Monday, December 31, 2012
Numerous key laws passed in 2012 by the Maryland General Assembly take effect on Jan. 1.
Same-sex marriage, a first-in-the-nation arsenic ban for chicken feed and a law designed to protect children's credit reports are among the Maryland laws taking effect on Jan. 1. Some, including the marriage law and a Baltimore City charter amendment, were passed by voters in November. Others tweak existing rules, like renewable energy credits and car insurance. Here are the key laws you need to know about that take effect, according to a Maryland General Assembly document. Same-sex marriage: The Civil Marriage Protection Act, passed in the 2012 session, petitioned to referendum and ratified by Maryland voters in November, takes effect as scheduled on Jan. 1. Maryland was one of the first three states to ratify same-sex marriage at the …
Friday, December 21, 2012
Gov. Martin O'Malley and others to promise gun control legislation in the upcoming session.
Friday, December 21, 2012
By JULIE BAUGHMAN Capital News Service An increase in gas taxes, a repeal of the death penalty and a renewed discussion of liability for pit bull owners are some of the issues currently on the table for Maryland's 2013 legislative session. In addition, the recent shootings at Sandy Hook Elementary School in Newtown, Conn., have prompted Gov. Martin O'Malley and others to promise gun control legislation in the upcoming session. However, with the ongoing fiscal cliff discussions in Washington threatening to dramatically affect taxes and the economy, plans for the 2013 session in Maryland may be severely altered depending on the outcome. Maryland has a huge public sector workforce, and is home to a multitude of government agencies and …
Thursday, October 18, 2012
How will you vote on the Congressional redistricting plan on Nov. 6?
In addition to more notable referendum questions such as same-sex marriage, DREAM Act and expanded gambling, Maryland voters will also be asked to decide the fate of the state's recently redrawn congressional districts. Earlier this week, Comptroller Peter Franchot announced he intends to vote against the maps and asked voters to do the same. The comptroller said the recent maps drawn by Gov. Martin O'Malley and approved by the General Assembly are unfair and make Maryland "the poster child for gerrymandering." A spokeswoman for the governor noted that the maps have survived a number of challenges in the courts and that the process used to create them is legally sound. Voters on Nov. 6 will be asked to vote for the referred law or against …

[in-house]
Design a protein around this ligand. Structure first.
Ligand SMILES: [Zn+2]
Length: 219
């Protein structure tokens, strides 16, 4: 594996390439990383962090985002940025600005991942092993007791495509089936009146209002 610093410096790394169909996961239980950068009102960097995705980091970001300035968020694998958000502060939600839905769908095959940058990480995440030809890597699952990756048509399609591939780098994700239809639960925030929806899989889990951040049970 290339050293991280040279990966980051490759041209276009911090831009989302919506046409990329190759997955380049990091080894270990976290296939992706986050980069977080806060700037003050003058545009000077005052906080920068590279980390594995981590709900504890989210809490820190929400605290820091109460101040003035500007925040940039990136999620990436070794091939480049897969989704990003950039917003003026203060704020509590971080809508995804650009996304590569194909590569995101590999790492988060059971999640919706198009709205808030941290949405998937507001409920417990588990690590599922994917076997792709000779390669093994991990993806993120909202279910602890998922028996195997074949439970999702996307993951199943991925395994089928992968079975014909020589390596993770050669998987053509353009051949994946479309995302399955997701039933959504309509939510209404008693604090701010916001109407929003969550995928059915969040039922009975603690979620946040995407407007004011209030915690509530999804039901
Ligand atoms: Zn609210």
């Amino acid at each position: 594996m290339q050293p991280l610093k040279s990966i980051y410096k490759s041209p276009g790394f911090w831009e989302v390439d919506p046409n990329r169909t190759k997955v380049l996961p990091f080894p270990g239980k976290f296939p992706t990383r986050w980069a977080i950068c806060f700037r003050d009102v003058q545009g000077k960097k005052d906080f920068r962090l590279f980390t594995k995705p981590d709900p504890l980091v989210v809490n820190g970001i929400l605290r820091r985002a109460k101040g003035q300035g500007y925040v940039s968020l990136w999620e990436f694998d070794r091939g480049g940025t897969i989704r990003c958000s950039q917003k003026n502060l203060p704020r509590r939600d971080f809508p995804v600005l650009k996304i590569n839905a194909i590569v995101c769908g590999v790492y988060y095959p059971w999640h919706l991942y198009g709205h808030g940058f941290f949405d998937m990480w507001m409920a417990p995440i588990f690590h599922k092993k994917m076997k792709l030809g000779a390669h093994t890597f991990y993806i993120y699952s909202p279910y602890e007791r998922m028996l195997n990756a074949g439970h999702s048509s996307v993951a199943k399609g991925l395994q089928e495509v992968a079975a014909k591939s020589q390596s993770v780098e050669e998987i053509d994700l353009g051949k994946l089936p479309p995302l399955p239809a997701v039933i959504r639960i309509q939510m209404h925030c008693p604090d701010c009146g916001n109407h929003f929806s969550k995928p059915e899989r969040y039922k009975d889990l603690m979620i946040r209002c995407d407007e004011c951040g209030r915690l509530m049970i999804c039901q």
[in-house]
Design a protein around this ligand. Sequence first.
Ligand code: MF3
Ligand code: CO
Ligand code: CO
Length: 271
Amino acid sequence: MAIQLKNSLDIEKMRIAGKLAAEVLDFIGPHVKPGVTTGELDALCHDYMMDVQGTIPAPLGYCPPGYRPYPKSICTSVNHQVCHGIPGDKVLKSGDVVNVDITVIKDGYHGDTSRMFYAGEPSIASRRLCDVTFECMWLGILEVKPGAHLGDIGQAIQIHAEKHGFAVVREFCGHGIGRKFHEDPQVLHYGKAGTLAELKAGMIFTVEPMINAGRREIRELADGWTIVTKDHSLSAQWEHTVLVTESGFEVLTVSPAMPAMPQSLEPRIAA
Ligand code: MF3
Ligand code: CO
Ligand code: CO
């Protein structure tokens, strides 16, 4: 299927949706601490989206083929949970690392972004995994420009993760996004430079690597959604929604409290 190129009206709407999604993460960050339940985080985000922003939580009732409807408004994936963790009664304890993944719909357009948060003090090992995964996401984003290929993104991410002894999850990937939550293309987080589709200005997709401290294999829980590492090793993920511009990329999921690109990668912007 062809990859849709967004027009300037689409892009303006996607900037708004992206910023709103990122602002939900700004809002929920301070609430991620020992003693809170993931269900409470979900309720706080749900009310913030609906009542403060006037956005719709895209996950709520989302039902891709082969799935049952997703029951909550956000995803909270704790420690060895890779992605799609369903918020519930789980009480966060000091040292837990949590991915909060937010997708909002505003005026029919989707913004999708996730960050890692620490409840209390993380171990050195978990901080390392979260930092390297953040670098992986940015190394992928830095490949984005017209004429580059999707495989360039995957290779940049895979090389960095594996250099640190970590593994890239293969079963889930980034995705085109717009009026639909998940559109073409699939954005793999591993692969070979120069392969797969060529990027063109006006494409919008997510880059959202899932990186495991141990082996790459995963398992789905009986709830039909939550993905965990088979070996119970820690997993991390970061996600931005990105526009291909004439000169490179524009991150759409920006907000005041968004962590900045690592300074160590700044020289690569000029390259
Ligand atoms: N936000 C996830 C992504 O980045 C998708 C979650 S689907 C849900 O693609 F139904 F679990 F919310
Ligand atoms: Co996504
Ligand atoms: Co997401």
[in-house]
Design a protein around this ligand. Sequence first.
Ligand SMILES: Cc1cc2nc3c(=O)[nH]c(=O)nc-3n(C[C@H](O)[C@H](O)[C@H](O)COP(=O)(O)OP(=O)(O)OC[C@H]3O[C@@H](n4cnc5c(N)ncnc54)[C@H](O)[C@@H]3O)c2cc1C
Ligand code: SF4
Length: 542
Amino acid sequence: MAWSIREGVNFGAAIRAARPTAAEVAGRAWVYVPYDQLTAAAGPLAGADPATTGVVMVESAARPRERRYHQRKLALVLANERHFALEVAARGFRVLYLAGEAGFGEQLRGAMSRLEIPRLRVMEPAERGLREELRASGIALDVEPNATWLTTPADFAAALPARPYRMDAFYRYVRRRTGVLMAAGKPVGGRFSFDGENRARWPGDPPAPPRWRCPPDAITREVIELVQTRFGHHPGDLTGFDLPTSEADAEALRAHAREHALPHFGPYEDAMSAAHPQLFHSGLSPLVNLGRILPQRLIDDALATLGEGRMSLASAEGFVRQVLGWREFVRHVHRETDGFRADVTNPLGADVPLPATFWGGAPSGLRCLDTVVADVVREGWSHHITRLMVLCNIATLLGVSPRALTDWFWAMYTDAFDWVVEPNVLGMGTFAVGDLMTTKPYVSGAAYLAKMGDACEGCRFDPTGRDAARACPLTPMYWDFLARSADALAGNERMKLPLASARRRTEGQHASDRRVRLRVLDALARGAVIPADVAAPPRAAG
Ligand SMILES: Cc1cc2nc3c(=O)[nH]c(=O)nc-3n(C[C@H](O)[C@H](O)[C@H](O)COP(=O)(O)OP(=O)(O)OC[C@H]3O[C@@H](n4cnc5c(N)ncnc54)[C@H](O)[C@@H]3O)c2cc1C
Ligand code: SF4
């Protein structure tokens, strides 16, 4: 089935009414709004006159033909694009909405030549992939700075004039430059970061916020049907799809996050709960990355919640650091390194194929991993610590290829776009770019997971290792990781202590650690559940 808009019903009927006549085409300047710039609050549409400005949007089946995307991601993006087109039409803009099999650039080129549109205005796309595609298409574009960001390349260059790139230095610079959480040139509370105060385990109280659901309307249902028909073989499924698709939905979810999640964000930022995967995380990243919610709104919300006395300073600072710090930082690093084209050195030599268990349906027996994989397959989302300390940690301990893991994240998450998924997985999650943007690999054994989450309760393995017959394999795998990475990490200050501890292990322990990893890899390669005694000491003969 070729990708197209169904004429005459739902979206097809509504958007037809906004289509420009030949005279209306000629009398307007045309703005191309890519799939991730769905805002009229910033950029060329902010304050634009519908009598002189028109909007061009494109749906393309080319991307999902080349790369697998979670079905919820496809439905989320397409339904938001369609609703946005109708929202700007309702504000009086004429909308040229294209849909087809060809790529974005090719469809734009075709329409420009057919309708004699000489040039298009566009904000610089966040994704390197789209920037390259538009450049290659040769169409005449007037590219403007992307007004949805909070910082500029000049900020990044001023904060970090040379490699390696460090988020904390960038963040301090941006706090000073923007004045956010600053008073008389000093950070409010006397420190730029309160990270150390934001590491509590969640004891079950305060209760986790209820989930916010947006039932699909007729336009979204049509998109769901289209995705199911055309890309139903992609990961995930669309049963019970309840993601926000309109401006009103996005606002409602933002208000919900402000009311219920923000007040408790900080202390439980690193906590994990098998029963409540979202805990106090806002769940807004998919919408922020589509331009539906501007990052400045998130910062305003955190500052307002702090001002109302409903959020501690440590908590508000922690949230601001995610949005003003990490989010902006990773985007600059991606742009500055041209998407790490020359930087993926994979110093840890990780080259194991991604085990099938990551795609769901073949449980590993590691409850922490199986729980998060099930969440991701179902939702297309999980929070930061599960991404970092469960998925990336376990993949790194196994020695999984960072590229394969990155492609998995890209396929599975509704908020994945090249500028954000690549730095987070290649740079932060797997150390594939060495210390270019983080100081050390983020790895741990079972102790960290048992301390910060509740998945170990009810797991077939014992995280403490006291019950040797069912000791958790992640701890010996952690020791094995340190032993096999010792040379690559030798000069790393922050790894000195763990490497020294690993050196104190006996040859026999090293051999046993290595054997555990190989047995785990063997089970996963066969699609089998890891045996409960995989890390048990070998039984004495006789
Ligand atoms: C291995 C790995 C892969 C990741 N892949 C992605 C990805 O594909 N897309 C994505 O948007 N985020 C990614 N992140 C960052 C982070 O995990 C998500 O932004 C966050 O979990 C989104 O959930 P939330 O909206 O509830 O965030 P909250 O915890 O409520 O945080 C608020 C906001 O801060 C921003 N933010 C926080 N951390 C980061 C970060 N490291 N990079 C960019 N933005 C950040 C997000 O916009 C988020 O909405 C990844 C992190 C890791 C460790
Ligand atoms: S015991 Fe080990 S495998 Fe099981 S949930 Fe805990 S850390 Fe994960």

Tuesday, October 16, 2012
Comptroller says Maryland "is the poster child for gerrymandering" and urges voters to vote no on Question 5.
Democratic Comptroller Peter Franchot said Monday he supports his party's candidates but that recent redistricting of Maryland's congressional is too heavy-handed. "This map is way over the edge in terms of bare-knuckle politics," said Franchot. "I'm a proud Democrat. I support Democrats. I just want it to be fair and not fixed," Franchot said, comparing the redistricting process to "Boss Tweed-style Chicago politics." Franchot Tuesday called for an independent, non-partisan commission that would redraw the congressional and state legislative districts. The change would help restore faith in the political system, he said. The comptroller said the districts should be more compact in order to provide voters with better representation. He …
Thursday, September 27, 2012
Ross has represented the 22nd District since 2003.
Del. Justin Ross (D-Prince George's) is retiring, according to a statement from county officials. County Executive Rushern Baker's office announced the decision by the 22nd district representative on Thursday, calling it "a loss for Prince George's County." Ross was elected in 2002 and has served as a delegate and Deputy Whip in the general assembly. "His energy and passion for Prince George’s County impressed anybody he met in the county or around the state and region," Baker said. "I will miss having his voice in Annapolis and wish him all the best in his future endeavors. I know that he will remain an active and engaged leader in our county and throughout our communities.” Maryland Gov. Martin O'Malley called Ross a "tireless advocate…